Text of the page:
Found as a highly isolated breeding herd in the Marine National Park, Gulf of Kutch, this remains the only remaining population in western India. Another small herd exists in the Gulf of Mannar Marine National Park and the Palk Strait between India and Sri Lanka — but the numbers in that herd have gone down abysmally. The population around the Andaman and Nicobar islands is scattered and very small — there is said to be a large population during the British rule.
This demure mammal faces a myriad of threats including being struck by boats, loss of habitat and fodder owing to depleting seagrass, entanglement in fishing gear and marine debris. Add to that the marine pollution, turbid waters and poaching, we head even faster to the species’ extinction. While hunting dugongs is banned in India, if they get caught in the fishing nets, they are quickly killed and chopped up to make it indistinguishable from other kinds of meat. The Ministry of Environment and Forests and Climate Change (MoEFCC) allocated the Compensatory Afforestation Fund Management and Planning Authority (CAMPA) to the conservation of five species — one of them being the dugong.
Pig is “incredible playful,” say the aquarium staff. He turns 21 this November. This photo is from his 19th birthday celebrations in November 2017. (Source: Sydney Aquarium)
Nature is not too kind to it, either. While it has a long lifespan of over 70 years, the rate at which it reproduces is slow. The females give birth to one cub and raise them till they are about five or six years old. They do not mate again within this span. In its lifetime, a female dugong will have five or six calves at the most. This makes it especially vulnerable to extinction. The International Union for Conservation of Nature (IUCN) Red List — world's most comprehensive inventory of the global conservation status — classifies the dugong as "Vulnerable". It goes on to add that its population has declined by 30 per cent in the last 60 years.
The reticent mammal is impossible to breed in captivity. In fact, only three dugongs are in captivity worldwide. The in-situ conservation — conserving the species in its habitat — is imperative if we are looking at a healthy marine ecology.
Marine species and threats
Other charismatic species including the whales, dolphins and the porpoises besides millions of smaller fishes and species constitute the marine ecosystem. However, it has become a common sight in recent times to see dolphin, whale, and of course, the dugong stranded and beached along the Indian coasts — mostly dead.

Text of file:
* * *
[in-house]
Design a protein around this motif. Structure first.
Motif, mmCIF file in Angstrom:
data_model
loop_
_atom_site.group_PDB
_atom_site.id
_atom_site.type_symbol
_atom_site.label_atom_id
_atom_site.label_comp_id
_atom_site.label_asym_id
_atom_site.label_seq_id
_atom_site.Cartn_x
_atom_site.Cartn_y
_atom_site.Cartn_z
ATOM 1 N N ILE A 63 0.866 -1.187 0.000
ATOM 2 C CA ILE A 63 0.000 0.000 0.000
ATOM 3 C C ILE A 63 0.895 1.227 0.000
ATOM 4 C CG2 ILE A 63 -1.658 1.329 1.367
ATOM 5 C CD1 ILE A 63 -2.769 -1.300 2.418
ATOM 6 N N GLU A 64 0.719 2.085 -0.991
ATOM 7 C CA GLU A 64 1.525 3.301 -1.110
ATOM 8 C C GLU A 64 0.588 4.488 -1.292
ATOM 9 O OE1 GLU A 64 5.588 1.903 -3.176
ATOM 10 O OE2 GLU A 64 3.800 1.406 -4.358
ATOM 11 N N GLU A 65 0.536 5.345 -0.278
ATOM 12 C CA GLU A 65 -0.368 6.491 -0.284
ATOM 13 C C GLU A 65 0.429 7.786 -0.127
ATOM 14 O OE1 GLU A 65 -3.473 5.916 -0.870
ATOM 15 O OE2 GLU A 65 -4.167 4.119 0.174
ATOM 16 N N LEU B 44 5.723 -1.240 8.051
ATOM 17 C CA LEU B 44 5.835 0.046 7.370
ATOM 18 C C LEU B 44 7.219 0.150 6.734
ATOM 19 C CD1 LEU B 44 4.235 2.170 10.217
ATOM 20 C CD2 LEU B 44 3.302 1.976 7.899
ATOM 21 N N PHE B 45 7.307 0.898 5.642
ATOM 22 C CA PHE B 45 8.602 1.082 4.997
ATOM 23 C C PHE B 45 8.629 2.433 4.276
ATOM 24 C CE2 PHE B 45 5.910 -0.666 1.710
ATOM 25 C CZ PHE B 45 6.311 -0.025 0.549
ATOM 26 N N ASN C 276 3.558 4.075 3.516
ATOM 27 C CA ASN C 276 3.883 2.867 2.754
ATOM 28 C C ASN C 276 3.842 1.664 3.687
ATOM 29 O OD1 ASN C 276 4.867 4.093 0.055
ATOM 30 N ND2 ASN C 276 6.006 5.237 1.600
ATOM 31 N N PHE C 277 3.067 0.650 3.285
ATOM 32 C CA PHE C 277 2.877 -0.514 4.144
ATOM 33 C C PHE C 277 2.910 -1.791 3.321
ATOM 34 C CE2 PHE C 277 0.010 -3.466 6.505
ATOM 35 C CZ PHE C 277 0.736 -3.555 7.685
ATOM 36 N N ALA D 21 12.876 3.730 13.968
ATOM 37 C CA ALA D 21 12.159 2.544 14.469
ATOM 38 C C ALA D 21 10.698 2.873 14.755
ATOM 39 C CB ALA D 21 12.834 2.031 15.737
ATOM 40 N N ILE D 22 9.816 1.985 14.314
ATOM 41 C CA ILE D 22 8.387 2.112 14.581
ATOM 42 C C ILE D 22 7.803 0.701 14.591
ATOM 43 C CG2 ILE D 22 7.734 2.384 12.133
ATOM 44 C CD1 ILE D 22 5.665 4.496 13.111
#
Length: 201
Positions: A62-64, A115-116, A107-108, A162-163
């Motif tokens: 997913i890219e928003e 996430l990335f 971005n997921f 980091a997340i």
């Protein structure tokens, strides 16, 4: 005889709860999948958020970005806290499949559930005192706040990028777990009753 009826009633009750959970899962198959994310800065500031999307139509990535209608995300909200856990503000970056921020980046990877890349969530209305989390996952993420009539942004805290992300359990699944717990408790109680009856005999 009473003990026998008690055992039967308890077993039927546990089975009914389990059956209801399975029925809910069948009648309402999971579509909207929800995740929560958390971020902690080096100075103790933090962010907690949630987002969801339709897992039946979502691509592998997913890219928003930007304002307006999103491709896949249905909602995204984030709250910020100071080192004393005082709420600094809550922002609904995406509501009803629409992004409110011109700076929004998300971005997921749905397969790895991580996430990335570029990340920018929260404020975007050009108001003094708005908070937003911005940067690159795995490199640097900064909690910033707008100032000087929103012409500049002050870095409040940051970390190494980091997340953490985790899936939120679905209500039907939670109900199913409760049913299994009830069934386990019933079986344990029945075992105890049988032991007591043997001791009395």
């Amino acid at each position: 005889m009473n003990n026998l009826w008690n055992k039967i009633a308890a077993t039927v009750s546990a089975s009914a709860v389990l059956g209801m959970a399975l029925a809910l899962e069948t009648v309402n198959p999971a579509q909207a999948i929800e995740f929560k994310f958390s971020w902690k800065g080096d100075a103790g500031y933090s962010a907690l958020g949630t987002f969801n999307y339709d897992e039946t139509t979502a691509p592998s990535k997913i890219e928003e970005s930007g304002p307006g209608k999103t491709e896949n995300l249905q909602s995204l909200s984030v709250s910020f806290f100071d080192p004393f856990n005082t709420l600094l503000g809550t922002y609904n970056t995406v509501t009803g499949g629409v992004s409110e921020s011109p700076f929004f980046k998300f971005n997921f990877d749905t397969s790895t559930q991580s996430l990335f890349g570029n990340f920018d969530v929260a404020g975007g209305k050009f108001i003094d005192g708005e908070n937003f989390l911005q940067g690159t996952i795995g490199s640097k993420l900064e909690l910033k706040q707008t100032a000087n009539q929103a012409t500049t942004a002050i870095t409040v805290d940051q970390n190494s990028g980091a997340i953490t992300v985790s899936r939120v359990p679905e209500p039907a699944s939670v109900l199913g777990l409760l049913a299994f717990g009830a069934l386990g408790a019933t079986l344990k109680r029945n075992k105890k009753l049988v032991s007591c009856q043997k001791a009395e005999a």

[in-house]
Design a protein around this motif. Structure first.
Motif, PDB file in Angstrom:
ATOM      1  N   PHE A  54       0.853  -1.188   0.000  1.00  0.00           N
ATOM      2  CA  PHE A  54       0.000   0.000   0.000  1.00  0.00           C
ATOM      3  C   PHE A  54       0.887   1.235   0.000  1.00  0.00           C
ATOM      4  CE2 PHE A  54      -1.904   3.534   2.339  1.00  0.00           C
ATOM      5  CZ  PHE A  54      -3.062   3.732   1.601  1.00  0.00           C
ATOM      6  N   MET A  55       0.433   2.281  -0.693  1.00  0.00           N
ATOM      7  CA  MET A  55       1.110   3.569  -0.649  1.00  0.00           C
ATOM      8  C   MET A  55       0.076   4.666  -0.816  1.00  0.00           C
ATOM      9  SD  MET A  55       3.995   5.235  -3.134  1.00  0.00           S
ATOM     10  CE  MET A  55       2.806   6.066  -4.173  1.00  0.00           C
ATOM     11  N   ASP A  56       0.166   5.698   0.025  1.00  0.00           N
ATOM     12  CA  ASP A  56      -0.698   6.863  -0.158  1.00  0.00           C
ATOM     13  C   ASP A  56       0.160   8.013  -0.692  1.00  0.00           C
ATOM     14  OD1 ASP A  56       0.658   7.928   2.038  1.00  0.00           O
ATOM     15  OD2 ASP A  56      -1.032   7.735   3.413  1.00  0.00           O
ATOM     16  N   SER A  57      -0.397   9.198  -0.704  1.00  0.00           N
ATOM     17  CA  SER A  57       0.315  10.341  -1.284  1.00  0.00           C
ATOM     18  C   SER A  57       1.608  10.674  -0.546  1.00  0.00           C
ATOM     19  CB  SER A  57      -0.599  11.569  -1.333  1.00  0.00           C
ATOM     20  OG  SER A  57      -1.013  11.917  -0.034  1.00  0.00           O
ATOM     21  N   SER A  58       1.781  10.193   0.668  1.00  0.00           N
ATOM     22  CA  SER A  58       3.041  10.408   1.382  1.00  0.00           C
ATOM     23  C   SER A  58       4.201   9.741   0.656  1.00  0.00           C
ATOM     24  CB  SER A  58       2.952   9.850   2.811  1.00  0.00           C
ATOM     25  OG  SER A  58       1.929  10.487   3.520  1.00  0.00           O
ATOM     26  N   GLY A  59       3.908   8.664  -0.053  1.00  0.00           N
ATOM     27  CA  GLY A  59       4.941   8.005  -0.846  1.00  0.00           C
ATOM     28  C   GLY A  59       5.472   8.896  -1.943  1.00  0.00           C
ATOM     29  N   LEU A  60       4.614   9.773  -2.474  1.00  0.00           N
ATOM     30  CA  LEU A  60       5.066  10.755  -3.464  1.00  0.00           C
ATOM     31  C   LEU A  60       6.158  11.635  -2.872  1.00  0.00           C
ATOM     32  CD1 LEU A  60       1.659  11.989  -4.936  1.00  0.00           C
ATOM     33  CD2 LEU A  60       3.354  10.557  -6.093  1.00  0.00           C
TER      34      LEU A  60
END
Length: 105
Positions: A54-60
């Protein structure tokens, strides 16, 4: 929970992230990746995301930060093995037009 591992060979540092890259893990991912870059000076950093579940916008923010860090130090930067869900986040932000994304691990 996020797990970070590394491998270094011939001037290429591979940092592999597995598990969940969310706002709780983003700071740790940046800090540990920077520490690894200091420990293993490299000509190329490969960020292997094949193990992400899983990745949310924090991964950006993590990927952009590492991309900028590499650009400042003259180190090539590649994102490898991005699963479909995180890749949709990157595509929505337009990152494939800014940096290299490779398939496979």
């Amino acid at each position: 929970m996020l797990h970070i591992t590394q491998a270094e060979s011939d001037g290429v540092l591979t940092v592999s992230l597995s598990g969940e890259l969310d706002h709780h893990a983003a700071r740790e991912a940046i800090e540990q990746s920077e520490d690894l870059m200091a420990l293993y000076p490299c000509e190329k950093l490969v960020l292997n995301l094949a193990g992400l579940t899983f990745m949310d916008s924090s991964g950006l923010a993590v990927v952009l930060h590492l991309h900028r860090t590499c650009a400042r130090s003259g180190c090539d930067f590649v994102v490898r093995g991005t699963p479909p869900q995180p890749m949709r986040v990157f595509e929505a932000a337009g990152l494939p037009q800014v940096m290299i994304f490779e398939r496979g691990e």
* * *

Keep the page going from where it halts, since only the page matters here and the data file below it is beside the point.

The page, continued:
More than 400 whales beached along a remote coast in New Zealand in February 2017. Nearly 300 of them died. (Photo: Associated Press)
While it is our primal urge to “rescue” these animals, we fail to introspect into the causes of beaching — separating from the herd due to human intervention, unable to have a healthy habitat owing to anthropological reasons or natural causes. Most of these stranded and “rescued” animals re-strand and die in the sea.
There are several threats to the marine ecosystem. Here are a few top threats:
Be it industrial fishing or small-scale fishing, the number of “by-catches” of marine mammals, turtles, and sharks in the Indian Ocean is staggering and alarming. While some of them are returned to the waters, the numbers killed is estimated to be beyond sustainable limits and is considered to be the single greatest conservation threat.
2). The increased ocean trade means an equally high risk of marine animals being struck by ships and boats. It has increased by leaps and bounds owing to the increasing sea traffic in recent years. Add the unregulated tour boats, recreational and motorised fishing boats to it and we have a clear recipe for disaster.
3). The noise pollution in the ocean from the coastal and offshore development projects, not to speak of the noise of the moving ships and vessels, has been leading to a behavioural change in sensitive marine mammals who thrive on echolocation. Prolonged exposure to noise within their hearing thresholds can potentially lead to population-level consequences especially in the critical habitats where animals give birth or feed.
The marine ecosystem is the sentinel to a biodiverse and a healthy planet. The withstanding capacity of the oceans now stands stretched to the brink.